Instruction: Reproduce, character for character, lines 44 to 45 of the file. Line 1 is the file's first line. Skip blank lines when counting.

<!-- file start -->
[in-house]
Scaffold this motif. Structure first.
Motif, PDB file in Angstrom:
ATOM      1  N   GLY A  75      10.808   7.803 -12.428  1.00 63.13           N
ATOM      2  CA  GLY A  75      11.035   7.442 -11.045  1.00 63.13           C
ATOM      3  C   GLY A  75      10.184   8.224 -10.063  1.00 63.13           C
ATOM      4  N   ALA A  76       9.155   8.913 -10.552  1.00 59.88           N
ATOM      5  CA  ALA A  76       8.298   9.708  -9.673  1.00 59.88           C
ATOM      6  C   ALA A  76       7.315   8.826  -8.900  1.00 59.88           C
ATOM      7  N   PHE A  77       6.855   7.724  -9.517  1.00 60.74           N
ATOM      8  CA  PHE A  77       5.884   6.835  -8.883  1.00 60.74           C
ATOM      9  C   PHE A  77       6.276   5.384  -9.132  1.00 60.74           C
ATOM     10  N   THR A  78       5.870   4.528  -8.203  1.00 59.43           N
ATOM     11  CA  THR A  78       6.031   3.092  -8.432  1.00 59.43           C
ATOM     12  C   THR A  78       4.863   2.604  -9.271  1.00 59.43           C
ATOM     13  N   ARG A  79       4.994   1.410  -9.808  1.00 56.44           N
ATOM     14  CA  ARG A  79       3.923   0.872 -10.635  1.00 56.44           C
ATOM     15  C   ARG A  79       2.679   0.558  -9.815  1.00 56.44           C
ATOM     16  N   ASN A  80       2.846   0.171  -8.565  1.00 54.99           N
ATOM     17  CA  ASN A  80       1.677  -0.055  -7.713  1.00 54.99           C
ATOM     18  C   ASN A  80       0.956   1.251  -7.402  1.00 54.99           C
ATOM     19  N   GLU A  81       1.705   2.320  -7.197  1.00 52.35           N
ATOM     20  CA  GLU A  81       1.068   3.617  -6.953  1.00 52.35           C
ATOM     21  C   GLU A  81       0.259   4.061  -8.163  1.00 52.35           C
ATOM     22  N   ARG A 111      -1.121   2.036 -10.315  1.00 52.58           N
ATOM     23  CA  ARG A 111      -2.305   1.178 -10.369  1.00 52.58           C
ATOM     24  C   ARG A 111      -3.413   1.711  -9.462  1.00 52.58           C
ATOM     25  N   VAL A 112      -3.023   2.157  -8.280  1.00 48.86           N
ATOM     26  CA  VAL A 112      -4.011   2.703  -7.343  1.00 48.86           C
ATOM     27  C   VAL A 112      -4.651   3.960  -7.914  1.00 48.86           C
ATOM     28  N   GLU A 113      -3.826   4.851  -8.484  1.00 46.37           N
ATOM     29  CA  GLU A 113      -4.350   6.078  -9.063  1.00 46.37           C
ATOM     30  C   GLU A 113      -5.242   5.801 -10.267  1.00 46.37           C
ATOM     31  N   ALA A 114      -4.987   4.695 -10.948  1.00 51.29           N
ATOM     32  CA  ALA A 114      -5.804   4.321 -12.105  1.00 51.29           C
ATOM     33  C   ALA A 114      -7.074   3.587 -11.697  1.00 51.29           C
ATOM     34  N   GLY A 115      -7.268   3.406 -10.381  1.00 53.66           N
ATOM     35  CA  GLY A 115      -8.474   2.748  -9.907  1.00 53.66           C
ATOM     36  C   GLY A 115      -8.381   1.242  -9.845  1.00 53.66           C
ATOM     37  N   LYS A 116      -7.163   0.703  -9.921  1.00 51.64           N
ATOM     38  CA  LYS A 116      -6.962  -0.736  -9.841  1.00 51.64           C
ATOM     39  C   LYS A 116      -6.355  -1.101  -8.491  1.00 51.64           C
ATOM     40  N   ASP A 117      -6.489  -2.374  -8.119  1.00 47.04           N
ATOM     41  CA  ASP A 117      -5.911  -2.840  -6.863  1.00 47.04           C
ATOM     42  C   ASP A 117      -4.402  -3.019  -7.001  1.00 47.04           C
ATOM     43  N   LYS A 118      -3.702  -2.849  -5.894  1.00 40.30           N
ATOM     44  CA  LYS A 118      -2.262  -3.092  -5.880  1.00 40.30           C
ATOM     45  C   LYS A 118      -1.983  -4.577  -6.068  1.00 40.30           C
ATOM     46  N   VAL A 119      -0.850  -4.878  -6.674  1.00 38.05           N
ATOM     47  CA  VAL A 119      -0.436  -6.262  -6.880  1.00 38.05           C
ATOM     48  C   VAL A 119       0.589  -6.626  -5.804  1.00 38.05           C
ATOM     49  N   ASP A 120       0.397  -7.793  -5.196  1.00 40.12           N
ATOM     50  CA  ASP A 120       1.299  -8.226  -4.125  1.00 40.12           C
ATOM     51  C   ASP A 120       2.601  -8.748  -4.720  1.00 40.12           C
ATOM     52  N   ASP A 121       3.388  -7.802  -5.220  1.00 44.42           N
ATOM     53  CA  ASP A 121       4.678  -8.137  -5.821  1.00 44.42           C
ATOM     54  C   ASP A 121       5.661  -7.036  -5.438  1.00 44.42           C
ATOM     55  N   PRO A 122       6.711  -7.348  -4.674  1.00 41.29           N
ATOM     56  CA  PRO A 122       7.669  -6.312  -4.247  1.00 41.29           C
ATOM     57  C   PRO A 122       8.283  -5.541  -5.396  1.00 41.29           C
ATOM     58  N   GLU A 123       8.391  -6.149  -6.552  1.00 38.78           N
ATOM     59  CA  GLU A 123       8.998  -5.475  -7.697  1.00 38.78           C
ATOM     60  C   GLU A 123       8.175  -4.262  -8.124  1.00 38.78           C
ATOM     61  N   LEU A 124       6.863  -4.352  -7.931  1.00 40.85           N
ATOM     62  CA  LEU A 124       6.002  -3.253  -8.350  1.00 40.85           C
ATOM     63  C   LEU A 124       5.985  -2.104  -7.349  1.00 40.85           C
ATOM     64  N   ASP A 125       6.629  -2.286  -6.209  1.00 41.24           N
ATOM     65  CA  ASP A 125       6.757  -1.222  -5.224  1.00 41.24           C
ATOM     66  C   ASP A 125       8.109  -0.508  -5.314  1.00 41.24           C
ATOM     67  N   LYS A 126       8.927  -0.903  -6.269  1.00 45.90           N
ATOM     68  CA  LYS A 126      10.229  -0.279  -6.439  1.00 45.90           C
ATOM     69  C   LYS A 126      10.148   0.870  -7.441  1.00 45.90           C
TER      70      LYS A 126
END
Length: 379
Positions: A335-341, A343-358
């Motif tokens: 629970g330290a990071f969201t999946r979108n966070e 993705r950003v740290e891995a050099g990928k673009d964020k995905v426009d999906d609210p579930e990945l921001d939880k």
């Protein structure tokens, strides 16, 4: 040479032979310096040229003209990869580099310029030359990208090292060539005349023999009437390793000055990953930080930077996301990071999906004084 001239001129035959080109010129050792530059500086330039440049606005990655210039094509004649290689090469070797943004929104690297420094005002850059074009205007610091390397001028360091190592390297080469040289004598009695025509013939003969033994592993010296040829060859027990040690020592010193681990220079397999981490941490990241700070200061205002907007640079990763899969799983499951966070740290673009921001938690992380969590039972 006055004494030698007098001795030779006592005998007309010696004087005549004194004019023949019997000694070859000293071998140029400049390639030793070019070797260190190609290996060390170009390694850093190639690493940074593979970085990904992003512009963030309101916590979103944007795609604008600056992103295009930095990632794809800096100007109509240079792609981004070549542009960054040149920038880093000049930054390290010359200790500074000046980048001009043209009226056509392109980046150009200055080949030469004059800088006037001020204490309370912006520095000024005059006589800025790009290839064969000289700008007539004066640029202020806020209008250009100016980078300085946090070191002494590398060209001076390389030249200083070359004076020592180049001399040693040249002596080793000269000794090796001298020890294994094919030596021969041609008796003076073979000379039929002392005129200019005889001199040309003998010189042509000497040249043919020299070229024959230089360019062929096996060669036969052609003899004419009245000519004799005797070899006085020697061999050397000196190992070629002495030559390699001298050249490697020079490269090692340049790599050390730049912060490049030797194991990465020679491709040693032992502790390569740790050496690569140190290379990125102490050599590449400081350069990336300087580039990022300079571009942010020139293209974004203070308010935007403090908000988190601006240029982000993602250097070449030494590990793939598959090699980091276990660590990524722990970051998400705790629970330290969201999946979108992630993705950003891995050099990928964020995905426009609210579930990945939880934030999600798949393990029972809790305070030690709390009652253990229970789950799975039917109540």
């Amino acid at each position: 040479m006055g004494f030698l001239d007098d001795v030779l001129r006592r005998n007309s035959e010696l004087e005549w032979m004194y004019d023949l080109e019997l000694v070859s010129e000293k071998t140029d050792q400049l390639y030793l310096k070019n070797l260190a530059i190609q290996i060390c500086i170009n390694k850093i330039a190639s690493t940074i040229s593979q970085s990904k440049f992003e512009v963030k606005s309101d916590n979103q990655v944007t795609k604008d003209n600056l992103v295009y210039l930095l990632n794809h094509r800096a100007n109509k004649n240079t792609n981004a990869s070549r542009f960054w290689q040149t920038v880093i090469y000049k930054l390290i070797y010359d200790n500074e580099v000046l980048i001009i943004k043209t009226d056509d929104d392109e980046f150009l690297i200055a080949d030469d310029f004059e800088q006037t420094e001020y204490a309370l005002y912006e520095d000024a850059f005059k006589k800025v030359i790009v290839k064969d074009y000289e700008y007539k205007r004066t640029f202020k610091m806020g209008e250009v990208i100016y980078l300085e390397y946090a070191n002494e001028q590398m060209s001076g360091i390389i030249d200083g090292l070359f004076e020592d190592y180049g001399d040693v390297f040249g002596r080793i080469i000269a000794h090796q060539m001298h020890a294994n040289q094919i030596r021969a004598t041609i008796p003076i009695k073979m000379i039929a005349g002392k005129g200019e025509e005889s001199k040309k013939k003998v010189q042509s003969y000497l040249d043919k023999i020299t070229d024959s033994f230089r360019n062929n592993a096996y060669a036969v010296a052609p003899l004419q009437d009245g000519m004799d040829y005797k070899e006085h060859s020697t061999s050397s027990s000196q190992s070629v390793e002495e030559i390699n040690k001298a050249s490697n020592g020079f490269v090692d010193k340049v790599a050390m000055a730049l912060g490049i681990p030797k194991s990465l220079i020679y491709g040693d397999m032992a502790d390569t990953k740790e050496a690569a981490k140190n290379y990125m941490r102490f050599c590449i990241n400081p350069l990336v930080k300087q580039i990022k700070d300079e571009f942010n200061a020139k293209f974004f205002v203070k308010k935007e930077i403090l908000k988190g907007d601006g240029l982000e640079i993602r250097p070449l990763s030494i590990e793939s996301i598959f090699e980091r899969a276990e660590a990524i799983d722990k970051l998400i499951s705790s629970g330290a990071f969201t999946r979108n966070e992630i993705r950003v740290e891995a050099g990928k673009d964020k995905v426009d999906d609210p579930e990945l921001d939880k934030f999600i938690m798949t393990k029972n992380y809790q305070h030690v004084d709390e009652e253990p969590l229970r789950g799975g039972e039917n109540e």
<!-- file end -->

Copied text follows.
ATOM     41  CA  ASP A 117      -5.911  -2.840  -6.863  1.00 47.04           C
ATOM     42  C   ASP A 117      -4.402  -3.019  -7.001  1.00 47.04           C